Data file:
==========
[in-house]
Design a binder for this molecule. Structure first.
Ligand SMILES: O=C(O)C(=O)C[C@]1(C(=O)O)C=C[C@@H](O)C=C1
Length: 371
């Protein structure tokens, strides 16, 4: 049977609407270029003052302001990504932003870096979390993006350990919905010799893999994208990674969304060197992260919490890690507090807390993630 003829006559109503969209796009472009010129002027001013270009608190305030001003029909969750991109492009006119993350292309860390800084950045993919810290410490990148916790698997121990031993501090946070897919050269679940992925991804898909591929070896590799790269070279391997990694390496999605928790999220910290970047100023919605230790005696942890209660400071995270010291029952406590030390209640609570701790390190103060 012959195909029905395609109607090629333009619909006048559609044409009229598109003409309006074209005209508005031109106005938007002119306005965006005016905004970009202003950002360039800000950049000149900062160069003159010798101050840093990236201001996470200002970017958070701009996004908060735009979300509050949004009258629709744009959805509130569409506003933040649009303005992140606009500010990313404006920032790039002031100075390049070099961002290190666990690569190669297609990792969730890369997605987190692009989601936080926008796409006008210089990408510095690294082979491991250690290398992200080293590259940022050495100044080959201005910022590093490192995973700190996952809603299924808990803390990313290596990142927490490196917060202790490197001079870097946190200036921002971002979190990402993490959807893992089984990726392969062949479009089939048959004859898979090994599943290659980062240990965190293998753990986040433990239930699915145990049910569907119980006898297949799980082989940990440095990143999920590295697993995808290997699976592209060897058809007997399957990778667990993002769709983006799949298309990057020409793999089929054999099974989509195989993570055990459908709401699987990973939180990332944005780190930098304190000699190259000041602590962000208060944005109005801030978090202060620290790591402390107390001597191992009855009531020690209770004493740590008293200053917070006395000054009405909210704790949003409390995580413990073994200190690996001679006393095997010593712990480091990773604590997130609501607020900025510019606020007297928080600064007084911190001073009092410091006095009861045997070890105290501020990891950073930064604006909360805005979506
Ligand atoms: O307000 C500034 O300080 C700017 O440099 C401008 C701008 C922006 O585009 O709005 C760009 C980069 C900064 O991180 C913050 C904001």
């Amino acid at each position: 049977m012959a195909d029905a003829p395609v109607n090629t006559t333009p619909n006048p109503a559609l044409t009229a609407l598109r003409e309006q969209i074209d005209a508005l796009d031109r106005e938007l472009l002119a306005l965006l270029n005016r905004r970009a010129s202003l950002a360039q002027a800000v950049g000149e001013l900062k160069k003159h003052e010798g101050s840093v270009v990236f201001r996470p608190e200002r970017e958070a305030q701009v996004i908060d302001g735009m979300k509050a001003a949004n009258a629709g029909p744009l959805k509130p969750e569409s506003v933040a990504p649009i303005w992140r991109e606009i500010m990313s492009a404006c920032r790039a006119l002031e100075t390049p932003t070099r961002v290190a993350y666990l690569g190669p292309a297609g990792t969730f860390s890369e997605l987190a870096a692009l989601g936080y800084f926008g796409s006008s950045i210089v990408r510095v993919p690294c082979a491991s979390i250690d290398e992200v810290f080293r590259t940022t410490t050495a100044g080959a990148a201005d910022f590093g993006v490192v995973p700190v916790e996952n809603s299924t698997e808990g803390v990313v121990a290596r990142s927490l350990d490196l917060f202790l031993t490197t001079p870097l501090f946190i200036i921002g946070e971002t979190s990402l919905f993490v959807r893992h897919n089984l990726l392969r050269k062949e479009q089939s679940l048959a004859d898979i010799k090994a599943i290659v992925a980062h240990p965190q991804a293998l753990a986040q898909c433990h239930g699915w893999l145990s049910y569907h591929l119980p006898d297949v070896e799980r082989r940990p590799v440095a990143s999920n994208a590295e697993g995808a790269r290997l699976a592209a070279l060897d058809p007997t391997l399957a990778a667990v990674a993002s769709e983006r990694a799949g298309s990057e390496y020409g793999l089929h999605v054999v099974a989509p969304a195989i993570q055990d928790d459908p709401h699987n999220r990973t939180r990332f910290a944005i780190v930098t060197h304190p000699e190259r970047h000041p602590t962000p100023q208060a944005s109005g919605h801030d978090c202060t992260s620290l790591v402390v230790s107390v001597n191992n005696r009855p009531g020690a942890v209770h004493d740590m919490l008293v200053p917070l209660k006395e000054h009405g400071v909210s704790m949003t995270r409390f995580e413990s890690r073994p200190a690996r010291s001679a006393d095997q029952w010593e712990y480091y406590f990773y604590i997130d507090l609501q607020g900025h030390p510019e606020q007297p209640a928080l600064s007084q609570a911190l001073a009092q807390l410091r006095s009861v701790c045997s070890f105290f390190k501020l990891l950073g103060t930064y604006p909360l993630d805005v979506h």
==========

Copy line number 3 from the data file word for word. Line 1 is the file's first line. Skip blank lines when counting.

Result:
Ligand SMILES: O=C(O)C(=O)C[C@]1(C(=O)O)C=C[C@@H](O)C=C1